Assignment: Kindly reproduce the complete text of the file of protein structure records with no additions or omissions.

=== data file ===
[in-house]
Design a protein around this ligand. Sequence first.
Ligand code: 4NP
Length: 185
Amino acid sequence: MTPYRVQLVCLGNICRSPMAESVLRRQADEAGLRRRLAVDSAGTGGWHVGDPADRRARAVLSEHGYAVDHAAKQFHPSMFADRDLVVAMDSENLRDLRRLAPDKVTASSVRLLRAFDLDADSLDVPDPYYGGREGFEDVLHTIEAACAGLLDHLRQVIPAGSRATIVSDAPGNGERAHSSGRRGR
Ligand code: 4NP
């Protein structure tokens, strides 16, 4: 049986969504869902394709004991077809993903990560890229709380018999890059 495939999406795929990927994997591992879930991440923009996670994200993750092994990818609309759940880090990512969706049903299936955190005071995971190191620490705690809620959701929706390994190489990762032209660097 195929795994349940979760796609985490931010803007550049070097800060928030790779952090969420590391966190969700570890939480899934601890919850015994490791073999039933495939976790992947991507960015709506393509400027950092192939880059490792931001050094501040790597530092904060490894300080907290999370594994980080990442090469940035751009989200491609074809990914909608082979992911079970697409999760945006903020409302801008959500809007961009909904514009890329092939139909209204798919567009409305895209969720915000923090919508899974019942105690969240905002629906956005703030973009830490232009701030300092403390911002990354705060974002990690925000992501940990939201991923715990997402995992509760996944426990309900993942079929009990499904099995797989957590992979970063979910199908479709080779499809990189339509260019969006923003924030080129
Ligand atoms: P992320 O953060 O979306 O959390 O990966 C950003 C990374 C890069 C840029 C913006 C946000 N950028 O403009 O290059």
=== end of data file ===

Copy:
[in-house]
Design a protein around this ligand. Sequence first.
Ligand code: 4NP
Length: 185
Amino acid sequence: MTPYRVQLVCLGNICRSPMAESVLRRQADEAGLRRRLAVDSAGTGGWHVGDPADRRARAVLSEHGYAVDHAAKQFHPSMFADRDLVVAMDSENLRDLRRLAPDKVTASSVRLLRAFDLDADSLDVPDPYYGGREGFEDVLHTIEAACAGLLDHLRQVIPAGSRATIVSDAPGNGERAHSSGRRGR
Ligand code: 4NP
């Protein structure tokens, strides 16, 4: 049986969504869902394709004991077809993903990560890229709380018999890059 495939999406795929990927994997591992879930991440923009996670994200993750092994990818609309759940880090990512969706049903299936955190005071995971190191620490705690809620959701929706390994190489990762032209660097 195929795994349940979760796609985490931010803007550049070097800060928030790779952090969420590391966190969700570890939480899934601890919850015994490791073999039933495939976790992947991507960015709506393509400027950092192939880059490792931001050094501040790597530092904060490894300080907290999370594994980080990442090469940035751009989200491609074809990914909608082979992911079970697409999760945006903020409302801008959500809007961009909904514009890329092939139909209204798919567009409305895209969720915000923090919508899974019942105690969240905002629906956005703030973009830490232009701030300092403390911002990354705060974002990690925000992501940990939201991923715990997402995992509760996944426990309900993942079929009990499904099995797989957590992979970063979910199908479709080779499809990189339509260019969006923003924030080129
Ligand atoms: P992320 O953060 O979306 O959390 O990966 C950003 C990374 C890069 C840029 C913006 C946000 N950028 O403009 O290059």